Small Sample Size - Telling Results?
Yesterday I asked my fellow would-be BikeAbility instructors if they used cycle paths or roads. Not surprisingly (as we’re going to be teaching others how to ride on roads), all eight of them said they rode on the road.
So then I asked them which they would prefer to ride on.
Every single one of them said off-road cycle paths. So here we have a bunch of responsible adults, who’re keen enough to either get jobs teaching others how to ride bikes on the roads, or in the case of those on the course from North Tyneside, had volunteered to do it for free, yet not one of us would actually want to ride on the road, given the choice.
So naturally, I asked a follow-up question. Or actually, a pair of questions:
Why would they want to be away from the roads?
Why don’t they ride on cycle paths rather than roads?
The first one got an easy to understand, uniform answer - they don’t particularly like the traffic. But the second question . . . it was like listening to “101 things that are wrong with cycle infrastructure in the UK”, in full surround-sound:
- They’re never gritted / salted, so in winter they’re lethal
- The all end up with 12-18″ of leaves on them, which then decays to slippery leaf mulch in the Autumn (fall)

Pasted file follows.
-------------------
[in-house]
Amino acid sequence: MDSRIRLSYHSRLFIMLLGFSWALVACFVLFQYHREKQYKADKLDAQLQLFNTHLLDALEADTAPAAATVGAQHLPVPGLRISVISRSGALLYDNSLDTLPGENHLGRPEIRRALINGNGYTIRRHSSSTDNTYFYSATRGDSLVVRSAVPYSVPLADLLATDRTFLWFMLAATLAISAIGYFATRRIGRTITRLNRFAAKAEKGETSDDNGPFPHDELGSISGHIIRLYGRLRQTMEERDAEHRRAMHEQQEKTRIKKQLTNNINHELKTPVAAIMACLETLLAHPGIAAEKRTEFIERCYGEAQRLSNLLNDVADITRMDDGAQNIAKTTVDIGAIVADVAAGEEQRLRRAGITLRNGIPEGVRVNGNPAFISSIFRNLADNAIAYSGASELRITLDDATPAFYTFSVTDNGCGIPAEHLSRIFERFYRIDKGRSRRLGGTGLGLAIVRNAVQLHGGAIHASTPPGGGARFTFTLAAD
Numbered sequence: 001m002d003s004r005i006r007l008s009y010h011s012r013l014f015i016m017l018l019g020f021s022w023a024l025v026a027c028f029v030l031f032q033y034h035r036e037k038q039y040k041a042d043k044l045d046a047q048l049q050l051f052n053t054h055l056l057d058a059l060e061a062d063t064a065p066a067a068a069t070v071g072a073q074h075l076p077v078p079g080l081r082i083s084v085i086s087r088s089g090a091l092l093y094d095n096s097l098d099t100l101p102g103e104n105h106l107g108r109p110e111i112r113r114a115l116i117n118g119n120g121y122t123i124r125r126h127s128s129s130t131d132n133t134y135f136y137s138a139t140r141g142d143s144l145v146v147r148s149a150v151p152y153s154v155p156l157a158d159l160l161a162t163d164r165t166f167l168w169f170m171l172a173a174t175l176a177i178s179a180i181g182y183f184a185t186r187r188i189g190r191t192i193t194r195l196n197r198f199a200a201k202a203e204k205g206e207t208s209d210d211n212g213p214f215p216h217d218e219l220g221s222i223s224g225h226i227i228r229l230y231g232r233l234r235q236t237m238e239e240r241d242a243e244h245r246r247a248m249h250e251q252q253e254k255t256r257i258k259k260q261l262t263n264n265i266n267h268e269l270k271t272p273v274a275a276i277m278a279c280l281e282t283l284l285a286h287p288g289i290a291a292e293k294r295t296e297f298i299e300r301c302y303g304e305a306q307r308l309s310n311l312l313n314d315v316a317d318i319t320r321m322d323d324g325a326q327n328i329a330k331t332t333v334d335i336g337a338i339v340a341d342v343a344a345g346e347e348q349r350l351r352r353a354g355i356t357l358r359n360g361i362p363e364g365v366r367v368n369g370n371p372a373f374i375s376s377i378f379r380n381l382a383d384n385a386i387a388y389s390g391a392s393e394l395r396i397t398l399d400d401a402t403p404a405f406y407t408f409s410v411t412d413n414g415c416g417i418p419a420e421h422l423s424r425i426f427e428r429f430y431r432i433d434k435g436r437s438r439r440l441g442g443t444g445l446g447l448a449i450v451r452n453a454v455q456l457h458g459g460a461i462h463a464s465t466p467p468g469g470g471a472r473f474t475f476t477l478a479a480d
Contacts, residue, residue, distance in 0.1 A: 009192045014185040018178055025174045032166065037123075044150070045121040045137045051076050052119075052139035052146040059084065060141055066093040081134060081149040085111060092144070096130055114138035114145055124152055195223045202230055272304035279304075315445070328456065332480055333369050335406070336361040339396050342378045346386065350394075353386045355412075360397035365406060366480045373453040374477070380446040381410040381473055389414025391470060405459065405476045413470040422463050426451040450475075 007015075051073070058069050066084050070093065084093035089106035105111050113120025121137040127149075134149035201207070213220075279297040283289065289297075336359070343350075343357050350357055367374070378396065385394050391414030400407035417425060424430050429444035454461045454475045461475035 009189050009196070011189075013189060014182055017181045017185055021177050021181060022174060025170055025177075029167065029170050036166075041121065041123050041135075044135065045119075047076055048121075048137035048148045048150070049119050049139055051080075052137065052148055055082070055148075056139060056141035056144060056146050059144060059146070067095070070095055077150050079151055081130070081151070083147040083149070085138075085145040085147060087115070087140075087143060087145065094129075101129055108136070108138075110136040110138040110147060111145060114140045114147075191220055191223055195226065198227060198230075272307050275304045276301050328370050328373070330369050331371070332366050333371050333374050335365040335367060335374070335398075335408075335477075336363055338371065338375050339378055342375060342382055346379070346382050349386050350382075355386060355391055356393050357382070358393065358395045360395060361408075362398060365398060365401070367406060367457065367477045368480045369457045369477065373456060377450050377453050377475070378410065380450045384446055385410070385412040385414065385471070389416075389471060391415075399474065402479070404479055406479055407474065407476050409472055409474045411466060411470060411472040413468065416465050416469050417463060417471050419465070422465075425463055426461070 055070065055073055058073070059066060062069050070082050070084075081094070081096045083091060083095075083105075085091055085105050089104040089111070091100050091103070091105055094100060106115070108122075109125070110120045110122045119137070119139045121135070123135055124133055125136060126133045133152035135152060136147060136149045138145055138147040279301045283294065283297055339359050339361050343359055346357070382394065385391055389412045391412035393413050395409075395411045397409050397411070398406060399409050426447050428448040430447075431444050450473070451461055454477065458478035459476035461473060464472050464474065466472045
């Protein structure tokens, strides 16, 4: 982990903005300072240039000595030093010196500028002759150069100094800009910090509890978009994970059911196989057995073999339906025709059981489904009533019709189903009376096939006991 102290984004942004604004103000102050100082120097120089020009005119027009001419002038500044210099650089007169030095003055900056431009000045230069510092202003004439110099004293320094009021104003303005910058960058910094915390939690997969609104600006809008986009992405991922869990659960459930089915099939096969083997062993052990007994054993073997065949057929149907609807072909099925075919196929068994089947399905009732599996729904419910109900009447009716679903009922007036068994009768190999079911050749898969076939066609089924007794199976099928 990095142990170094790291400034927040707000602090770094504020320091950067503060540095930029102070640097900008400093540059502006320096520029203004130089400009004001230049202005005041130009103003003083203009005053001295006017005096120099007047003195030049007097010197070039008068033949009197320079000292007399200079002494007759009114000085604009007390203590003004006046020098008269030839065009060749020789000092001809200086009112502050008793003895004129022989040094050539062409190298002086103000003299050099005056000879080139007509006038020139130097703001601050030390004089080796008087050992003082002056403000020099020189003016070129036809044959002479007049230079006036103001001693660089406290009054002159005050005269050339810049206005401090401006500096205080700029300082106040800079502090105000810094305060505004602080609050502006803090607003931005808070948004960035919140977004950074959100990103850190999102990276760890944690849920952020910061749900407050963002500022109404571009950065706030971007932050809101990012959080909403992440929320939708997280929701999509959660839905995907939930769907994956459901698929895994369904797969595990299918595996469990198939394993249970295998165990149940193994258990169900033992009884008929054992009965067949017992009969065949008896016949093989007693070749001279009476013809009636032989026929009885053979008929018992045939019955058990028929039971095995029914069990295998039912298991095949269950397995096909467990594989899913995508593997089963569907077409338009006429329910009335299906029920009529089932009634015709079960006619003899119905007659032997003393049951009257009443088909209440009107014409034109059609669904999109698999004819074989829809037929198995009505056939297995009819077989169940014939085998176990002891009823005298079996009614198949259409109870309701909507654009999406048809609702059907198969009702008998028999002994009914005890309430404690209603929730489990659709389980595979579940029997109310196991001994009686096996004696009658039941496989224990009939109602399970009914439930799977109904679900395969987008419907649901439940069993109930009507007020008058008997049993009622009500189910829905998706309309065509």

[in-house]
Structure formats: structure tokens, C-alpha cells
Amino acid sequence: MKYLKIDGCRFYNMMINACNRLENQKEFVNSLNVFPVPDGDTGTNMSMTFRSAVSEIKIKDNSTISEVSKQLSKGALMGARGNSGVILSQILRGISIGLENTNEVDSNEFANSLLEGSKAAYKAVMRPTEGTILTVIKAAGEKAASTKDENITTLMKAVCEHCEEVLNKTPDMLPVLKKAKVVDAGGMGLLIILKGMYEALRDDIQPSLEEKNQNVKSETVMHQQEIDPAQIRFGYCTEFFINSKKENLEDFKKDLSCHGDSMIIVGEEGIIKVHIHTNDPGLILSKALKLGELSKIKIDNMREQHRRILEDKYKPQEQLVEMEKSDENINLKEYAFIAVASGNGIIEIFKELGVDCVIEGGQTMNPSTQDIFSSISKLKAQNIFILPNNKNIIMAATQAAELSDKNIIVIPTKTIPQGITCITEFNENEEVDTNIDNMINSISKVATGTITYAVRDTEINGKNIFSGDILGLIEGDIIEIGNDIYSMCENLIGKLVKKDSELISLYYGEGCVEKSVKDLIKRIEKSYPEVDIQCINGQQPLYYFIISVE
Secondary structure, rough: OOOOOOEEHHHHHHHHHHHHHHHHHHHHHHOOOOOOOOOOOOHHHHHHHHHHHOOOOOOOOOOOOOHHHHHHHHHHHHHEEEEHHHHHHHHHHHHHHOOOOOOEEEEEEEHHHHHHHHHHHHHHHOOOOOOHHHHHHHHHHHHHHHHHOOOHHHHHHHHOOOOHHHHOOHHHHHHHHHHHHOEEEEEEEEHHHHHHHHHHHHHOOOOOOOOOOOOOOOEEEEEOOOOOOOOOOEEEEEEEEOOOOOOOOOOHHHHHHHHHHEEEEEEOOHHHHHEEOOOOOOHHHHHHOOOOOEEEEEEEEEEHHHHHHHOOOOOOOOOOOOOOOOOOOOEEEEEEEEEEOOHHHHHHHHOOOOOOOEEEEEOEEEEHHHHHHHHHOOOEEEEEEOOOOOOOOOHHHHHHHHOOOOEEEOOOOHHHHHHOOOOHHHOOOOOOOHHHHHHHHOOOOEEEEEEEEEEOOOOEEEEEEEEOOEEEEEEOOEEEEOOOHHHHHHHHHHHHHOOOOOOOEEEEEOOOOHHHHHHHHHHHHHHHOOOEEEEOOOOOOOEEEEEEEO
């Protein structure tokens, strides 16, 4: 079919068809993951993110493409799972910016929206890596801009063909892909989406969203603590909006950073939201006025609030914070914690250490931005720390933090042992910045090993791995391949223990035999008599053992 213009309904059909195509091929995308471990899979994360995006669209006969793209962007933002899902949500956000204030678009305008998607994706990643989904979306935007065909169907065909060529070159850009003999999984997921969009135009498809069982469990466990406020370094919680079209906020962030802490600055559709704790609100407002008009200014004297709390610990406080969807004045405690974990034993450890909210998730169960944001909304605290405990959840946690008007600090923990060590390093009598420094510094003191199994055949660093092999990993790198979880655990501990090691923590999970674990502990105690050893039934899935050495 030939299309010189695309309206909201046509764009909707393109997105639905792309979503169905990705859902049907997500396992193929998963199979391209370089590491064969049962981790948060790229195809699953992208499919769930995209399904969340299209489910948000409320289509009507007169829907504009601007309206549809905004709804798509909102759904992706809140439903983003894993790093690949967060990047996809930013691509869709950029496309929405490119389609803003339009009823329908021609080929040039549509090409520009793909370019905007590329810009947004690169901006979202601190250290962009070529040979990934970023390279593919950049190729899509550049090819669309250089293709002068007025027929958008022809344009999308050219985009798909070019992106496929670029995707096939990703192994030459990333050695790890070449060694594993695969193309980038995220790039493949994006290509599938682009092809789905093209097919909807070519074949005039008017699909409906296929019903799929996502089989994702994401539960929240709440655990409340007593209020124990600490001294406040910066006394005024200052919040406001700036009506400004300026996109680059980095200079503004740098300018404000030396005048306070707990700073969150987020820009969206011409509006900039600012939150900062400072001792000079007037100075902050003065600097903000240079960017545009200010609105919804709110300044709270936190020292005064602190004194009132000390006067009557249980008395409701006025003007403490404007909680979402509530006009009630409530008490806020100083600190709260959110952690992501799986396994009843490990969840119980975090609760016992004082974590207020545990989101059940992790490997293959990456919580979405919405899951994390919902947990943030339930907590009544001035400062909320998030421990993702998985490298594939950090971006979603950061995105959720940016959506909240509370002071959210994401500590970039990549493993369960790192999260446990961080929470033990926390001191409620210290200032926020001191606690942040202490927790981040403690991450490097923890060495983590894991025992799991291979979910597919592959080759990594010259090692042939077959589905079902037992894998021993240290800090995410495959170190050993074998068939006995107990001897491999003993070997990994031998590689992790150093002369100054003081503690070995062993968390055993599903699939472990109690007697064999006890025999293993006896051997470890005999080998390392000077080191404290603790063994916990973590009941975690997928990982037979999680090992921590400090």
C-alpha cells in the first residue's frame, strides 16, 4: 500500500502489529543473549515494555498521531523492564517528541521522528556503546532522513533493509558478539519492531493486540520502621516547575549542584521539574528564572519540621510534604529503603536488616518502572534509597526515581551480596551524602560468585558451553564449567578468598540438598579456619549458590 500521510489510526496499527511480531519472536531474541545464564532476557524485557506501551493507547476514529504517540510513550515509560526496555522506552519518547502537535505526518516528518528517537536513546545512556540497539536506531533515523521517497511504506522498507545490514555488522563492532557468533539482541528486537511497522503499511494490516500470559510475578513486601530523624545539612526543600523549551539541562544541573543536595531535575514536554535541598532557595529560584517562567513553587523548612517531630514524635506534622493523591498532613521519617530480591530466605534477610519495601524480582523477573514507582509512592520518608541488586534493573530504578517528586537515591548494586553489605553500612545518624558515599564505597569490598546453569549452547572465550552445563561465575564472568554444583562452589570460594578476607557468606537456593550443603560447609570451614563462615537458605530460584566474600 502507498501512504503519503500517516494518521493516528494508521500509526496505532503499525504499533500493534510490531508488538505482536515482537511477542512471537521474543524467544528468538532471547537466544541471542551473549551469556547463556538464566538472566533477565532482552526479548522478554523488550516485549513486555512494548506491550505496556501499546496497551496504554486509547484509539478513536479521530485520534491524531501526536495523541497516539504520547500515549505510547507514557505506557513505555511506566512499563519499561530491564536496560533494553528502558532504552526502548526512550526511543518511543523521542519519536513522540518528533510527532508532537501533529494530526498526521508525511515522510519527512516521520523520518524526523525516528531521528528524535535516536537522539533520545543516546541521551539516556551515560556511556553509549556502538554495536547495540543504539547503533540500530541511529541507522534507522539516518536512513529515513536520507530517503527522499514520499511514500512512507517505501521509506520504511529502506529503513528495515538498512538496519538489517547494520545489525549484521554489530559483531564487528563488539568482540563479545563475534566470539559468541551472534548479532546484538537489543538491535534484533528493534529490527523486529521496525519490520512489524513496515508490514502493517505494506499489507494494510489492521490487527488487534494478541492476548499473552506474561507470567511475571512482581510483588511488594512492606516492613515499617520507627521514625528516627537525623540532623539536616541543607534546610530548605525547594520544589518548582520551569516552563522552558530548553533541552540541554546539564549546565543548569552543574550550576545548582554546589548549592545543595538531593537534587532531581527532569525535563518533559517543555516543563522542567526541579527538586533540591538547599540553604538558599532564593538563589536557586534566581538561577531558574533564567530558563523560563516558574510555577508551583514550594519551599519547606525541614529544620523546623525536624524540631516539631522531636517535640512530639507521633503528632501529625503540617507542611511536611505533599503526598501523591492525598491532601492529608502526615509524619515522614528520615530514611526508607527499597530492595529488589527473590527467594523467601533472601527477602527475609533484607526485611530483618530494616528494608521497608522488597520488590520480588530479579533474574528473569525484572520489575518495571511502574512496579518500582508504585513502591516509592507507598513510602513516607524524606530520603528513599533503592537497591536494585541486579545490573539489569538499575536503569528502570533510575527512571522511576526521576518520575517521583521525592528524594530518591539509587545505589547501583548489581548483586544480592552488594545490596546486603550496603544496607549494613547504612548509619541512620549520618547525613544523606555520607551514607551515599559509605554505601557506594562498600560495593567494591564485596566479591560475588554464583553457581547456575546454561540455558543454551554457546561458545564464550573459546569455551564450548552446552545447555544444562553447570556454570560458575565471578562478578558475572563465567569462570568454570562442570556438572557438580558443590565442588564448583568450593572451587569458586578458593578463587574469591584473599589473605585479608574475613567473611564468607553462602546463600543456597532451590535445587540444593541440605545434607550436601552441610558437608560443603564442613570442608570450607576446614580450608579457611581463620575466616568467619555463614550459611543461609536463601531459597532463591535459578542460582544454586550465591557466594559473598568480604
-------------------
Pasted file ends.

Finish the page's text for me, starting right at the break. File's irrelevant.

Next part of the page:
- They’re covered in hedge trimmings in the summer - that means thorns and punctures
- They never seem to connect to anywhere useful
- If they do, it’s not the particular useful place that I’m travelling to on that day
- Dog walkers - thee words for you: Clear. It. Up!
- You have to give way to cars at every pigging junction, while if you were on the road, you’d have right of way
- At regular intervals, there are usually measures to discourage scroats from using the cycle paths as race tracks for their motor bikes / stolen cars. You often have to lift your bike over these, or get off to manoeuvre it through them.
- Speaking of the scroats - they love to get smashed on Thunderbird (or whatever they drink these days) along cycle paths of an evening . . . and then smash the empty bottles.
- And at night, it’s rare for cycle paths to have good lighting
- Pedestrians also use the bike paths - usually with their iPods on, so they can’t hear you coming.
- There aren’t usually clear markings on the paths, so people end up riding on the wrong side. Head-on collision between people on bikes are a possibility
- The paved surfaces are often not maintained, deteriorating from billiard-table smooth to off-road bumpy within a couple of years
- If the vegetation around them isn’t kept in check, it can soon reclaim a big chunk of the available width of the path
I could go on, but I ran out of paper to make notes on.
So, same questions to you:
- Ride on road or cycle path?
- Which would you prefer to ride on?